CAP en Español
Small CAP Banner

The Top 10 Ways the House Version of the Violence Against Women Act Neglects Domestic Violence Victims

Senate Version of the Bill Should Trump the Antiwoman House Version in Conference

SOURCE: AP/J. Scott Applewhite

Rep. Gwen Moore (D-WI) gestures during a news conference on Capitol Hill in Washington, Wednesday, May 16, 2012, to push for the unrestricted reauthorization of the Violence Against Women Act. From left are House Minority Leader Nancy Pelosi (D-CA), Moore, Rep. Carolyn B. Maloney (D-NY), and Rep. Janice D. Schakowsky (D-IL).

    PRINT:
  • print icon
  • SHARE:
  • Facebook icon
  • Twitter icon
  • Share on Google+
  • Email icon

The Violence Against Women Act is a critical piece of bipartisan legislation that, since 1994, has combated violent crime and protected victims of domestic violence and sexual assault.

Even though reauthorizing the law has never been a partisan issue, it has become wrapped up in a polarized debate this year over the extent of its protections. In a bipartisan vote the Senate voted to reauthorize the act and to strengthen protections for victims of domestic violence in the gay and transgender, immigrant, and Native American communities.[1] But instead of taking up these changes, House Republicans are playing political games with the safety of women. Just yesterday they passed their version of the bill, H.R. 4970, which removes important protections for vulnerable communities and cuts funding used to combat domestic violence. In doing so, it rolls back progress and threatens the health and safety of many Americans living in violent or abusive relationships.

Here are the top 10 ways the House Republican version of the Violence Against Women Act moves backward on combating domestic violence:

1. It fails to protect gay and transgender victims of domestic violence. House Republicans removed critical protections to gay and transgender victims of domestic violence that were present in the Senate’s version of the bill. This community sorely needs these protections—somewhere between 25 percent and 33 percent of gay and transgender people are victims of domestic violence.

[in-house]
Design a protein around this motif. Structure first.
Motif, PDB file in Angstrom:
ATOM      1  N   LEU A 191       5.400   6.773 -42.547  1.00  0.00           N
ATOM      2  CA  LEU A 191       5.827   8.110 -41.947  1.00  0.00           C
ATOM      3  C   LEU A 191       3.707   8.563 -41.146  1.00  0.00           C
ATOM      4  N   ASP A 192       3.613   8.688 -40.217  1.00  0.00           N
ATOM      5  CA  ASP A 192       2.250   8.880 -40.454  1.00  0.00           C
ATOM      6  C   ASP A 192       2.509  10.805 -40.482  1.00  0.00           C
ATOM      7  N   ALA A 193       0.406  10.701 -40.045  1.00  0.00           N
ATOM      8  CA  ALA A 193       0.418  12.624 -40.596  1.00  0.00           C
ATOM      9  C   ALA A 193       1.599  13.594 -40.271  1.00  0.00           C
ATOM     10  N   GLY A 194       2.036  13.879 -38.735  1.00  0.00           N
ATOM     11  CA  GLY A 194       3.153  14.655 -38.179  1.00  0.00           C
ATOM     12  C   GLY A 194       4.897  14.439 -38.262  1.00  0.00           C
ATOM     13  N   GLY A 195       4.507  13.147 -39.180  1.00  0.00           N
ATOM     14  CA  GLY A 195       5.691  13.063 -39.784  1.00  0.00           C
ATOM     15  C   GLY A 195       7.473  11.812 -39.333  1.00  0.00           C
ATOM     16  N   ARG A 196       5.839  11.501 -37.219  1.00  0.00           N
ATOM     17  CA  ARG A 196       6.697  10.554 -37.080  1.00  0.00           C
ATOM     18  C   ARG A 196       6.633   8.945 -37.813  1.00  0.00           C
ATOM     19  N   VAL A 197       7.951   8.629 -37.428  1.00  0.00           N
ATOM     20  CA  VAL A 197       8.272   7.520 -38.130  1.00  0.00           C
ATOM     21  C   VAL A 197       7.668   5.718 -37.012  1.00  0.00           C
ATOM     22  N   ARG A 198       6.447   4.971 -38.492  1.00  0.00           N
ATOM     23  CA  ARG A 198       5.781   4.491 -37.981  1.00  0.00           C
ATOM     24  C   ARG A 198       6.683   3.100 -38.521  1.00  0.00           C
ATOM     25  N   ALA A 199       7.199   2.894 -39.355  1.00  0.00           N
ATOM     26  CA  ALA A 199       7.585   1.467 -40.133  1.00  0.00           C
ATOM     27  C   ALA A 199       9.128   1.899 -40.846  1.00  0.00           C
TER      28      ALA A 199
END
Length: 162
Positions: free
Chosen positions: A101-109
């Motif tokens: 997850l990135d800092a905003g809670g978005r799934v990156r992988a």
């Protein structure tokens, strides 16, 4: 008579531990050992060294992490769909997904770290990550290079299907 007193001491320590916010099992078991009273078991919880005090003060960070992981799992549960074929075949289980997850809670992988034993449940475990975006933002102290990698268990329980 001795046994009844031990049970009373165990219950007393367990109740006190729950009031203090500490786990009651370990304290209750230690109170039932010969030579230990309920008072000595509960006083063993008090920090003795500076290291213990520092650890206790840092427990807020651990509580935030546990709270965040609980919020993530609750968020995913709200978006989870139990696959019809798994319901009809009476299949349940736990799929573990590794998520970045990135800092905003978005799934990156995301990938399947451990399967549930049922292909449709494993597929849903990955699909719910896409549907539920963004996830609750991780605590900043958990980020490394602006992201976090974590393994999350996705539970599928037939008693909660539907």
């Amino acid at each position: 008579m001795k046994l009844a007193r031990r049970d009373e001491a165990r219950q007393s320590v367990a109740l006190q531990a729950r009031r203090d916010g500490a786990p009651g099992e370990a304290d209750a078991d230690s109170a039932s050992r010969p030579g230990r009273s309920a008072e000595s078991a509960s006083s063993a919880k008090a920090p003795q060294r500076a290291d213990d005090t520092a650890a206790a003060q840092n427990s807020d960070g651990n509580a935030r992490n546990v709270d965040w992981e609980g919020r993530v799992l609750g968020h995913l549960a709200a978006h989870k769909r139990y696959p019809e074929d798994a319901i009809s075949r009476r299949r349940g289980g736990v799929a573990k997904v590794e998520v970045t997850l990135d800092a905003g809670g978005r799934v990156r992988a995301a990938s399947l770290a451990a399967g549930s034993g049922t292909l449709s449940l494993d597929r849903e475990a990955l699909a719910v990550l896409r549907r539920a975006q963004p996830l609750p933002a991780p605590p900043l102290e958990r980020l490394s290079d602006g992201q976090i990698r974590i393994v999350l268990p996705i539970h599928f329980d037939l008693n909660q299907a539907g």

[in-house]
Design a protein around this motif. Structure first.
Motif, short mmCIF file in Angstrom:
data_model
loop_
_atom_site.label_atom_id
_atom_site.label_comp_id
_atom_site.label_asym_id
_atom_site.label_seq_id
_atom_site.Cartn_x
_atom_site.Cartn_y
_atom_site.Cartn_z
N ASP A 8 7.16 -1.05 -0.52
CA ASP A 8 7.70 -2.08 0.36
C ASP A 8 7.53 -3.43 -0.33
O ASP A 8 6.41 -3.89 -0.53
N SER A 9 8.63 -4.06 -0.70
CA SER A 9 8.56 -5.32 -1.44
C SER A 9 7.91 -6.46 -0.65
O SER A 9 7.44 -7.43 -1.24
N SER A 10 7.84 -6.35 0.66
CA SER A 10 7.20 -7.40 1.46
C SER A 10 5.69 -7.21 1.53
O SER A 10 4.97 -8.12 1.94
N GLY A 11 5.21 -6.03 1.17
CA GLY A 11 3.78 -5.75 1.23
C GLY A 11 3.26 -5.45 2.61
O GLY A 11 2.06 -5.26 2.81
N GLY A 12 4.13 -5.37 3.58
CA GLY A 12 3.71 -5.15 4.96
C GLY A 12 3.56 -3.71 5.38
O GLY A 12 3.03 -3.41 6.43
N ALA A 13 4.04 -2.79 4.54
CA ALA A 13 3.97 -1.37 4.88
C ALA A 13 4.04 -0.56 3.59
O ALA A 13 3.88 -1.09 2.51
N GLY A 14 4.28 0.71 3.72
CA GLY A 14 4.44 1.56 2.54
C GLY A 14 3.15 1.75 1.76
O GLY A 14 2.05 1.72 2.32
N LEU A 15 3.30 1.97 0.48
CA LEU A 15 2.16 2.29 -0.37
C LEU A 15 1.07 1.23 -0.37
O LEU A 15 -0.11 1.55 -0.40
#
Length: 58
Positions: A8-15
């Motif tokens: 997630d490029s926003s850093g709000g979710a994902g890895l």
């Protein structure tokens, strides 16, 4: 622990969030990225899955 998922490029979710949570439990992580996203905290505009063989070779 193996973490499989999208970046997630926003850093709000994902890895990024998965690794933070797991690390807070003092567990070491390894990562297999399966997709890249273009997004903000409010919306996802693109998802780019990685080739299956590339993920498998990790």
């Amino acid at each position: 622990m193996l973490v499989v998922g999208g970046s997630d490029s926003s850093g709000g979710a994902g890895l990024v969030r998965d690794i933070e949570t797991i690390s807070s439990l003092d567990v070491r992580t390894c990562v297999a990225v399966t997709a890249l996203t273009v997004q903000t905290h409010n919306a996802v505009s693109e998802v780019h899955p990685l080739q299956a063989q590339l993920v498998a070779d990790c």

2. It leaves gay and transgender victims without a place to go for help. Not only does this community experience high rates of domestic violence, but they are also all too often turned away from abuse shelters because of their sexual orientation or gender identity. A 2010 study showed 45 percent of gay and transgender victims were denied services when they sought help from a domestic violence shelter. Still, H.R. 4970 removes important nondiscrimination protections that gay and transgender survivors of domestic violence  badly need. The nondiscrimination protections in the Senate version would prohibit denying victims social services because they are gay or transgender.

3. It cuts funding for crucial programs. H.R. 4970 does not provide funding for grant programs that would help combat violent crimes for individuals in same-sex relationships. The Office on Violence Against Women in the Department of Justice currently funds 21 programs under the law’s authority, all of which help prevent violent crimes and aid victims of domestic violence. STOP Grants (Services, Training, Officers, and Prosecutors), for example, provide critical funding toward enhancing local communities’ ability to keep women safe and hold perpetrators accountable.

4. It enhances abusers’ power over immigrant victims. The House bill rolls back protections provided by the “self-petition” process, which is designed to protect victim spouses of U.S. citizens and lawful permanent residents who are eligible to apply for permanent residency but are dependent on their abusive spouses for sponsorship. Instead of a private process, House Republicans want to allow immigration agents to contact abusers and allow uncorroborated evidence to be presented by the perpetrators of violence and used in determining the validity of a victim’s immigration case. This puts the victims at even greater risk of experiencing further abuse.

5. It links victims’ access to relief to their abusers’ prosecution. The House Republican bill suspends adjudication of the victim’s immigration case until law enforcement and prosecutors have concluded the open investigation or prosecution against the abuser, further endangering the safety of survivors of domestic abuse and sexual assault as they are forced to await the conclusion of a frequently slow process to be granted relief.